There is so much in the Gospel of the days leading to the Crucifixion that makes me squirm. When I read it, and I put myself in the scene, I wonder what I would have done. Would I have stayed awake in the Garden of Gethsamane? I’d like to think so, but I know well all the times I’ve fallen asleep, both figuratively and literally. At every turn, in the account of those last hours, there is the betrayal of Jesus’ closest friends.
Judas is the ultimate betrayer. With a kiss, he handed his friend over to the enemy. He knew how his betrayal would hurt Jesus. He gave his assent to that kind of pain. Still he did it. Christ knew that Judas would betray Him, and He chose to be betrayed. With Judas’ kiss, Jesus allowed Himself to enter into the pain of every one of us who has ever been betrayed by a dear and trusted friend. Where to turn when someone we love betrays a promise or a vow or our trust? Turn to Christ, who knows the anguish of that particular pain. See Him walk unflinchingly in its reality.
Christ had the power to have the earth open up beneath Judas and his conspirators and make it all go away. He chose to stand and be delivered unto them instead. Moreover, He used Judas as an instrument to complete the work He’d come to do. God redeems betrayal. God can use the times we are betrayed to bring about His greatest good.
Then there’s Peter. When I read the account of Peter’s denial of Jesus, I literally feel that awful feeling in my stomach that creeps up into my throat and makes my face flush with shame. He was so close to Christ. He had just promised never to deny Him. And there he stood in the busy crowd, protesting that he didn’t know Jesus—not just once, but three times.
Three different times, Jesus’ best friend claimed he didn’t even know Him. The placement of this event in the Gospel and the literary drama surrounding those moments of emphatic disassociation lead me to believe that God thinks this moment is very important for us 2000 years later. It is pivotal, enduring Biblical literature, to be underlined and starred and pondered in our hearts. When we do that, we find that Christ is particularly tender toward those who have been betrayed. Clearly, He is also poignantly merciful toward those who betray.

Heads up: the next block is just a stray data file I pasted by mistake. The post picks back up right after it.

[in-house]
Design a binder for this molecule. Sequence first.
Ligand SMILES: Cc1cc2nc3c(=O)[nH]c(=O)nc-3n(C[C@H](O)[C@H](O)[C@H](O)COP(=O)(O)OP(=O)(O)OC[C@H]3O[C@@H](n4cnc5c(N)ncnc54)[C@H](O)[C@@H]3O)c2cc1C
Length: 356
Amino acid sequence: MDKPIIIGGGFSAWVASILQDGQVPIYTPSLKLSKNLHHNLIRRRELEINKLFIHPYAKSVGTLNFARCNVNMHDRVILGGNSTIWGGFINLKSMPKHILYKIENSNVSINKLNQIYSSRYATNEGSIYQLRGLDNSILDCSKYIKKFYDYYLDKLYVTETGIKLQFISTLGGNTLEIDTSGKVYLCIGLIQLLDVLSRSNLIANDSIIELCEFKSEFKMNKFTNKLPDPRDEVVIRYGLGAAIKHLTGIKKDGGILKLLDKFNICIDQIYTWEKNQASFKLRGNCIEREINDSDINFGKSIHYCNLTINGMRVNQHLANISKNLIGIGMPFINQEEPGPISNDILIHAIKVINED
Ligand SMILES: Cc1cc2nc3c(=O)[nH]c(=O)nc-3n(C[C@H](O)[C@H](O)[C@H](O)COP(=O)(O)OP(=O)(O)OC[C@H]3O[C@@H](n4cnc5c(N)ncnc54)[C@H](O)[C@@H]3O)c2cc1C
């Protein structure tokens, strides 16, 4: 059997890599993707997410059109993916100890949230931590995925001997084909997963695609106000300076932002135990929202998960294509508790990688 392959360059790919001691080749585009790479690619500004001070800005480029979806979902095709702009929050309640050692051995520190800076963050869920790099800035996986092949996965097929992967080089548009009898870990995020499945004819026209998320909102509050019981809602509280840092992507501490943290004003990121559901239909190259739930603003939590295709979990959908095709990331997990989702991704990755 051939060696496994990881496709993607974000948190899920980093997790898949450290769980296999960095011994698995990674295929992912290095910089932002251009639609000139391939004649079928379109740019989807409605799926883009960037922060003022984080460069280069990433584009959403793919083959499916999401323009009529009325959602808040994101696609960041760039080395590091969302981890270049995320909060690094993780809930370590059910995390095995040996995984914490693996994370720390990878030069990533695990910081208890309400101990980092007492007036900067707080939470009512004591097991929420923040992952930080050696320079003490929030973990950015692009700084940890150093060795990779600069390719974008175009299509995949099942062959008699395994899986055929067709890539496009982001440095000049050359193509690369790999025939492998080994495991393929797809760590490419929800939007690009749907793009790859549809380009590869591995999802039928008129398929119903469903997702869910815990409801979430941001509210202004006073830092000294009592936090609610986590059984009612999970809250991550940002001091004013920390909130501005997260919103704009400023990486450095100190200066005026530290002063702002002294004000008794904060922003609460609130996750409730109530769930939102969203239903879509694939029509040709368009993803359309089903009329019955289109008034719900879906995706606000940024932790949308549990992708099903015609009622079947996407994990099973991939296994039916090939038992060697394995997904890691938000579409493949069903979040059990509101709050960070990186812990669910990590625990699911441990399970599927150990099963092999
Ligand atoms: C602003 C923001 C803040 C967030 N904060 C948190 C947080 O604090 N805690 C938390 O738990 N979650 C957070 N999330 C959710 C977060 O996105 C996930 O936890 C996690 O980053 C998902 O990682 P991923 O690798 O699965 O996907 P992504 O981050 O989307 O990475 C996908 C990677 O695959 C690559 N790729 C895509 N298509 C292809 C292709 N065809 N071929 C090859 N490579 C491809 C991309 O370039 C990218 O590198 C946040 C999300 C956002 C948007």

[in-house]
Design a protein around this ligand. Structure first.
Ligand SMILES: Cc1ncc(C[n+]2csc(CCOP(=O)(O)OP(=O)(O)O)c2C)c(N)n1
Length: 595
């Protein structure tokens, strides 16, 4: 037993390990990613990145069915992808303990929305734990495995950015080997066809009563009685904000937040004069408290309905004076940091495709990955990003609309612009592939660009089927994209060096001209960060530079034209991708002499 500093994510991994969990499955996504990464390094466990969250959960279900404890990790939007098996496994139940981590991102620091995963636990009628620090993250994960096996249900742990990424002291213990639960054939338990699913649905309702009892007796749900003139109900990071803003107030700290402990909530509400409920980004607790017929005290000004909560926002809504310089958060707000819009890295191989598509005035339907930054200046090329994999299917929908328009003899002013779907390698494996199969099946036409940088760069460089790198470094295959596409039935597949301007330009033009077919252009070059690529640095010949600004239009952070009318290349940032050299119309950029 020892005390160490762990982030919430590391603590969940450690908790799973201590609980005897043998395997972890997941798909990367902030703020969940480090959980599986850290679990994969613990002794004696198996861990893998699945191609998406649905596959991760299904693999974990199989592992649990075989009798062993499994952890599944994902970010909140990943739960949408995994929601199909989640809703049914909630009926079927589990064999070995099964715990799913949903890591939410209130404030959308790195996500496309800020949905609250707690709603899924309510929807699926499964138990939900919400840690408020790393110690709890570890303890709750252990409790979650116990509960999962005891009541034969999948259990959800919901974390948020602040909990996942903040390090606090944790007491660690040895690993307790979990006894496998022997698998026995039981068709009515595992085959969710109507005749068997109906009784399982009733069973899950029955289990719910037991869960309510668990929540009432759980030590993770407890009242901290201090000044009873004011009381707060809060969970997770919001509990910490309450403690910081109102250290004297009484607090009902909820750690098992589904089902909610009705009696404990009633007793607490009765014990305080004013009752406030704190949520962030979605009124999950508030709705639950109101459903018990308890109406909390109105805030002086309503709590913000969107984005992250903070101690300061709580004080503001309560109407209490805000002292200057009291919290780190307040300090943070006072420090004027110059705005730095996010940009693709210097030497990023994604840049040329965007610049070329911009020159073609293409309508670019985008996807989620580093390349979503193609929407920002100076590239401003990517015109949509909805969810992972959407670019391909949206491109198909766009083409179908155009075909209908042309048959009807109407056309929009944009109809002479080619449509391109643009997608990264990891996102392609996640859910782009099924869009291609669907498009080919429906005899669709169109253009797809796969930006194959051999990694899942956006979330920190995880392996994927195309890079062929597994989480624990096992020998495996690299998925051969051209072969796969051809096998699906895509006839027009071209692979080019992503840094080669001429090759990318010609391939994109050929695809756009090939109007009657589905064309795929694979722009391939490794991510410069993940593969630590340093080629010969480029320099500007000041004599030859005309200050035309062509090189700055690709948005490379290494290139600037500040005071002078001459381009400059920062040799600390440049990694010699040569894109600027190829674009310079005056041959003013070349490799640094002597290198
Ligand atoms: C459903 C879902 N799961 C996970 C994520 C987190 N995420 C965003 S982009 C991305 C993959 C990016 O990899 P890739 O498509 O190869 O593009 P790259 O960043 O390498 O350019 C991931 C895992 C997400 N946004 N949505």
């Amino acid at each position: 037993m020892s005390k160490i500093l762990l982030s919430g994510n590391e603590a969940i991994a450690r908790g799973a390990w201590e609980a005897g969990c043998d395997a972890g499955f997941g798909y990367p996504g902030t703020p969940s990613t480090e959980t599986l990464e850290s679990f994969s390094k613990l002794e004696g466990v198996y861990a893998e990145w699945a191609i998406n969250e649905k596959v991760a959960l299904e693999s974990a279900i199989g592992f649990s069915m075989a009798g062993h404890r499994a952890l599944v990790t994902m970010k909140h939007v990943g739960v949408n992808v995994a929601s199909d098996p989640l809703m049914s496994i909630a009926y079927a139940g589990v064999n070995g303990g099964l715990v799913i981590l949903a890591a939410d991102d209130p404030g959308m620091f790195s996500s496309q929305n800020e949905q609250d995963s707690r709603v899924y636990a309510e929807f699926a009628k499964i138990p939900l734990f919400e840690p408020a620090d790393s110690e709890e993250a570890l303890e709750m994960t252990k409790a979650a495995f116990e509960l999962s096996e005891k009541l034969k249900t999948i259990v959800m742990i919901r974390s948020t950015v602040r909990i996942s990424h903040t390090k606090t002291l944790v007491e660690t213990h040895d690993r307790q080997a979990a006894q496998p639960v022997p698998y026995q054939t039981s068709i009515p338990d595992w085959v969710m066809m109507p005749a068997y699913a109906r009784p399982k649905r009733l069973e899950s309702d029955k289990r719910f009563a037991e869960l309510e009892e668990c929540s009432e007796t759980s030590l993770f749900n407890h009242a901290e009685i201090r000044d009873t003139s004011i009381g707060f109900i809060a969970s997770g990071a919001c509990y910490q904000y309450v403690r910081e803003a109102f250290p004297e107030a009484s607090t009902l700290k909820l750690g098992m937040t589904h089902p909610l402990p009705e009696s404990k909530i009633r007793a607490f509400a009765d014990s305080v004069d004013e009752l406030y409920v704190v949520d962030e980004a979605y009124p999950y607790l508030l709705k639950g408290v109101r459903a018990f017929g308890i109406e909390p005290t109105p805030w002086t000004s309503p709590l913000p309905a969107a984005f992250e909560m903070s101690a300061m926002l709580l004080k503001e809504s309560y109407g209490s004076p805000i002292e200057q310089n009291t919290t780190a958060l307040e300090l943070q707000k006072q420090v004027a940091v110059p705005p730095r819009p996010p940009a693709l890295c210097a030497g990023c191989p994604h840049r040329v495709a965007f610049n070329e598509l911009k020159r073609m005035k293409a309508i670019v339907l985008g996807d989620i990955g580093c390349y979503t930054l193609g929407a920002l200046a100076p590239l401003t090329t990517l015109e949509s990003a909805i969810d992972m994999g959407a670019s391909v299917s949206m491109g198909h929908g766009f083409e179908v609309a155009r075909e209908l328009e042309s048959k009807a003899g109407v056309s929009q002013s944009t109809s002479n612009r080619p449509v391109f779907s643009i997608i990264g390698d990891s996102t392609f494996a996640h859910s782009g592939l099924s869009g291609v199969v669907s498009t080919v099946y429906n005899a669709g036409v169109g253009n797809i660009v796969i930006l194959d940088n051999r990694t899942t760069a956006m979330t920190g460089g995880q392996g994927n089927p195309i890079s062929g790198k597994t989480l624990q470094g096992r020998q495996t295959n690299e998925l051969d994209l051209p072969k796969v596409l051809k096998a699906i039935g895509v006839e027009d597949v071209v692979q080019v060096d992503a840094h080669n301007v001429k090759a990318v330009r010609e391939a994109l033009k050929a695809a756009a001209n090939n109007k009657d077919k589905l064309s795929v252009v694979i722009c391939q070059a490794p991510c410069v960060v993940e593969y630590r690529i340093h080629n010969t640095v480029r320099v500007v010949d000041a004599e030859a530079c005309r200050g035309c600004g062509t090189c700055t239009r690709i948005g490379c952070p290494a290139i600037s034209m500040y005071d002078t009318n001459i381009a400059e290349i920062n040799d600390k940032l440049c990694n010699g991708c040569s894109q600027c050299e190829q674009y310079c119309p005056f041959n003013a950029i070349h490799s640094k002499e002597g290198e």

Perhaps you are scanning your own memory now, thinking of any time you could have stood with Peter, lurking outside the courtyard, cowering behind a pillar and lying straight up about a friend. Nothing? What about the crowd that called for Barabbas? Were you in it? One day, were you faithfully walking alongside a friend as did all those people as Jesus entered Jerusalem to shouts of “Hosanna,” only to find yourself shouting “Barabbas” just a few days later? Perhaps you didn’t shout it. Maybe you were swept along in an online discussion and you just quietly clicked “Like,” nodding your assent as the crowd said things they’d likely never say in person. Or perhaps there was no crowd at all. Instead, there was just a fleeting comment to only one other person — a betrayal of a confidence, an offhand whispered bit of gossip. We betray one another. And every time we do it, we betray Christ.
Betrayal requires intimacy. We cannot be betrayed by someone unless we have made ourselves vulnerable by drawing near to them. Christ models for us the intimacy and the betrayal. He lets us see how much He loved His disciples, even though He knew they would deny Him. Peter was so faithful when he was close to Christ. When he separated himself, just a little bit, and believed himself to be anonymous in the crowd, he sinned. We know that his sin deeply grieved him. And we know that Christ forgave Peter and trusted him again.
To get to Easter, we walk through the grim reality of betrayal. We see there that God calls us to repent of our own sins of betrayal and to forgive those who have betrayed us. Even as we forgive, we know that only Christ is the perfect friend. Only He is without blemish or blame in a relationship. He beckons us beyond the darkness of human failing to the hope and promise of Easter and to true friendship in Him.